They did the Magnet Schools of America audit, which found that except for Manual, JCPS “magnets” are not really magnets because they have resides populations.

Can someone explain to me why poverty would exclude a student from this DuBois school?

How is this not “separate but equal”???

So we bus to desegregate schools but now we are creating a completely segregated school?

Schools are just as segregated as before with bussing because of advanced and comp classes, but we see diversity on paper when you look at the overall school population.

As long as it’s not a charter. I worry that students will be booted back from this program like they are from the Private Public Schools now. As a teacher who deals with the kids who “fail” out of traditional and it turns out they are perfectly well behaved, just performing under the school’s goal, I’ve seen the devastating effects of exclusive programs that then weed out under performing children. I also think that with the involvement required of the parents, these selected students would thrive at any school. We have to do better for our students of color, but I’m not sure adding another exclusive program is the answer.

I have mixed feelings about this also. If it would be targeted at students with home problems, as in living in dangerous neighborhoods, or even being homeless, then I would be in favor of it.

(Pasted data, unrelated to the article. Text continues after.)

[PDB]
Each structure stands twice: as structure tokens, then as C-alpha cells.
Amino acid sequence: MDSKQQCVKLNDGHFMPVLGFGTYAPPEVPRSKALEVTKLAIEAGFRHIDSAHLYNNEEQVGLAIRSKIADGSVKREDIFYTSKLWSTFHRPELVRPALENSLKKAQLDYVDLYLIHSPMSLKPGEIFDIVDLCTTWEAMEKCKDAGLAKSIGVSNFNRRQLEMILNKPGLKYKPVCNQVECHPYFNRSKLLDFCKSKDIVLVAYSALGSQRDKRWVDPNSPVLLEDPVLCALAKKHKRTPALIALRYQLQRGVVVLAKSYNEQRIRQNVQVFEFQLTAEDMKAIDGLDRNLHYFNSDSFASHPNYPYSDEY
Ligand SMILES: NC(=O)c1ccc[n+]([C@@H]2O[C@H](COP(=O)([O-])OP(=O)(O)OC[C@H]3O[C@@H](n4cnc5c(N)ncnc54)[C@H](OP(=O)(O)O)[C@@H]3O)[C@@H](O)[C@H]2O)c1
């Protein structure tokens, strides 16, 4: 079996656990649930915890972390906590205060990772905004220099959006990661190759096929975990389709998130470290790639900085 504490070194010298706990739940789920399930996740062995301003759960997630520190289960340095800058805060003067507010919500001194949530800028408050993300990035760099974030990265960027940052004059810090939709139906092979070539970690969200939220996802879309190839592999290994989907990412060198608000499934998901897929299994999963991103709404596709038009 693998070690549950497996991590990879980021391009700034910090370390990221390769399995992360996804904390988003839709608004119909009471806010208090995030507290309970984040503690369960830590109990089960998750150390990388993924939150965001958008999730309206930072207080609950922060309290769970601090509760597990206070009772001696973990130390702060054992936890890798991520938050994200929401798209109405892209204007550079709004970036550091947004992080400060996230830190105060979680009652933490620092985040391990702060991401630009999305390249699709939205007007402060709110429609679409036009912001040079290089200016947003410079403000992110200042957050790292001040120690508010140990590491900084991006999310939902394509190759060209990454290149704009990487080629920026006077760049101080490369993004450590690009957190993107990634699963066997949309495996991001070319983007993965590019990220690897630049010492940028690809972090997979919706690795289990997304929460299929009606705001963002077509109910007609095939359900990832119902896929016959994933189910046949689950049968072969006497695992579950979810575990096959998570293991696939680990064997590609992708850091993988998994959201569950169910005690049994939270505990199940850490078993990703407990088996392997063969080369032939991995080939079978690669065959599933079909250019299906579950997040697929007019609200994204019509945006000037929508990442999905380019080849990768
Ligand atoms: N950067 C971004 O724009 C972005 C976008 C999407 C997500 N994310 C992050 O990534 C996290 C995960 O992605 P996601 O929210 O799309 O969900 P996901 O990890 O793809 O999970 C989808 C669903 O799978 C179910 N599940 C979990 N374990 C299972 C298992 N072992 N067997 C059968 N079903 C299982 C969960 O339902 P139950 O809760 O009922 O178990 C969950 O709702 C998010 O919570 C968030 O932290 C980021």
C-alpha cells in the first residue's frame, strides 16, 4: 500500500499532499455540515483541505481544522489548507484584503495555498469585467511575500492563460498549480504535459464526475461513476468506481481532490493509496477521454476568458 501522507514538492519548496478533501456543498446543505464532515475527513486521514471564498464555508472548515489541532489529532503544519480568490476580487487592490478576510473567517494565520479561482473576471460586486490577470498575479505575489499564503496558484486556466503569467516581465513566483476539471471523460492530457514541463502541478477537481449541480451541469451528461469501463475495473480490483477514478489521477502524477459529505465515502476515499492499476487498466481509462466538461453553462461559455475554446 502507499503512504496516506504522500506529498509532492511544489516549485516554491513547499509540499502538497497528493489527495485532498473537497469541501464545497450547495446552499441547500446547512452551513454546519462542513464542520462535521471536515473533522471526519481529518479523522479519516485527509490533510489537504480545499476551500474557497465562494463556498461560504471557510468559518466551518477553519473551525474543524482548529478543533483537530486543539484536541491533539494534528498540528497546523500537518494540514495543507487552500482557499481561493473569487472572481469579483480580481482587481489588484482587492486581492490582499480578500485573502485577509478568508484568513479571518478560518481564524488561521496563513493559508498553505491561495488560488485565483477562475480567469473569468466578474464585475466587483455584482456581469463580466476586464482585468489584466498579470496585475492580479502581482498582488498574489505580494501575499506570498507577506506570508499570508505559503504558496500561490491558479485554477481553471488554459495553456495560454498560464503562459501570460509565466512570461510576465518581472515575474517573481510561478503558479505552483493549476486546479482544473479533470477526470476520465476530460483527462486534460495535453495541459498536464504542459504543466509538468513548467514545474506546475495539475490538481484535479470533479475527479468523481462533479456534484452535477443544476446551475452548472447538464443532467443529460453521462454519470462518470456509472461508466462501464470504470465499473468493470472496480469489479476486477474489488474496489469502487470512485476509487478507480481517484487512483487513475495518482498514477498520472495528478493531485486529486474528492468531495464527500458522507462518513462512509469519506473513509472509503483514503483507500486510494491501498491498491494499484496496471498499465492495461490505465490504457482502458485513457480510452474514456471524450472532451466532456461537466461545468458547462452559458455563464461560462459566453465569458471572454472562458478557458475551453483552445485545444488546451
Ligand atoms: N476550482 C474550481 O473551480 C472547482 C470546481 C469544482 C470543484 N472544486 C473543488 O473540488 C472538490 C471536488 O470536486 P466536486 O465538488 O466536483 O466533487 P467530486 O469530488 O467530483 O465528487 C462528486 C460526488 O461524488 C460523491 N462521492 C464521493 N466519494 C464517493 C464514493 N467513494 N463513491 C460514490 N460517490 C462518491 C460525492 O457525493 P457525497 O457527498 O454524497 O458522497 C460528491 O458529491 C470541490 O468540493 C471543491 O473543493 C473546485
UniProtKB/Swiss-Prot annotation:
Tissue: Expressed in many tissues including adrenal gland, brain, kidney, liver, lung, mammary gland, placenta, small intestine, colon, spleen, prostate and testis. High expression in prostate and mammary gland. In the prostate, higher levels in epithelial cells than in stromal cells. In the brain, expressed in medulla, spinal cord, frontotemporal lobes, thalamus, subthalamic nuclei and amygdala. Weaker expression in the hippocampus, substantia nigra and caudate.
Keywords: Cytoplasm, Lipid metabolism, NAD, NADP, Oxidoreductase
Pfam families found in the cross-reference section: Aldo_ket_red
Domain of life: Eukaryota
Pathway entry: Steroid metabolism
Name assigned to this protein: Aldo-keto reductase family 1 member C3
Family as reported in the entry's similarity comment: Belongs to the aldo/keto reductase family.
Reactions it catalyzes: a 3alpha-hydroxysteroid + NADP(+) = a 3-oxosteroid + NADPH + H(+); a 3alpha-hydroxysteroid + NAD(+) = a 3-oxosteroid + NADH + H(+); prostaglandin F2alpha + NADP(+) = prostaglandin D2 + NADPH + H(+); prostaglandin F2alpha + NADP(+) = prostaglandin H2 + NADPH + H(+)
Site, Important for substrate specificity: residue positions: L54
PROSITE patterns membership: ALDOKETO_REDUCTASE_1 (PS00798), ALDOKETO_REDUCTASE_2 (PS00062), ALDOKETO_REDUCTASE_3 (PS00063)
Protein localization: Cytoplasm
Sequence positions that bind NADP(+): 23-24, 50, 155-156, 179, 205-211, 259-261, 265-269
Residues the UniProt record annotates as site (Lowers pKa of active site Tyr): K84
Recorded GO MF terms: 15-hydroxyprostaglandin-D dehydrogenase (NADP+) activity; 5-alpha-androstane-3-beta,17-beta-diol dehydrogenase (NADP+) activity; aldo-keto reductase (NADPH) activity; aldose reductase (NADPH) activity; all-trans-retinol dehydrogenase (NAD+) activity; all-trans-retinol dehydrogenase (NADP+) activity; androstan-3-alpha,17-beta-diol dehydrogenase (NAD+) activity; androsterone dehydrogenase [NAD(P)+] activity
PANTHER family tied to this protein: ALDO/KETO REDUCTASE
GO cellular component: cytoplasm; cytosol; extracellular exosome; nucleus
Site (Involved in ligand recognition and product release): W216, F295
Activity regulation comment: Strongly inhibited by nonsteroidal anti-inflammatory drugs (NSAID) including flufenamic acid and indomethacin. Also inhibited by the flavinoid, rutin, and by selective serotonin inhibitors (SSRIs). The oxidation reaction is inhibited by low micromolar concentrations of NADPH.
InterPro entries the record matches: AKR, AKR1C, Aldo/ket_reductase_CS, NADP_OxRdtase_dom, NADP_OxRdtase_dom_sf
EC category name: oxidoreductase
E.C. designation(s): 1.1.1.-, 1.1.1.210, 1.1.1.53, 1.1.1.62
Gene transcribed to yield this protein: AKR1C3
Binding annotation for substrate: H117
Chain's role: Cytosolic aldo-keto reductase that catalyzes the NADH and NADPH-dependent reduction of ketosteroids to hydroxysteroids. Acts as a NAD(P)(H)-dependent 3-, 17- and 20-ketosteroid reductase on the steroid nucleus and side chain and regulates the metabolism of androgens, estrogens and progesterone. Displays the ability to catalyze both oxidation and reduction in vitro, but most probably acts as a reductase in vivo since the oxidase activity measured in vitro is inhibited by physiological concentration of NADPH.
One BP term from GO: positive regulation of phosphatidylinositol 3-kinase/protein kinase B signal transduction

Anytime JCPS discusses doing something, i just automatically know it will not be done well.
That’s been true for the past 20-30 years. But then again, that was before Dear JCPS. 😉

The school that they are trying to emulate is a great school. However, it’s not different from a traditional school, or Brandeis, or from any east end school. Those students at the Lexington has high expectations and so does the parents. Parent involvement is expected or their child cannot attend.

So with that being said Are only the male students that are already excelling going to be able to attend this school? The others that really need the help and don’t have parental backing will not be allowed. Those are the ones that need the support. I’m confused on what they are trying to accomplish with this school.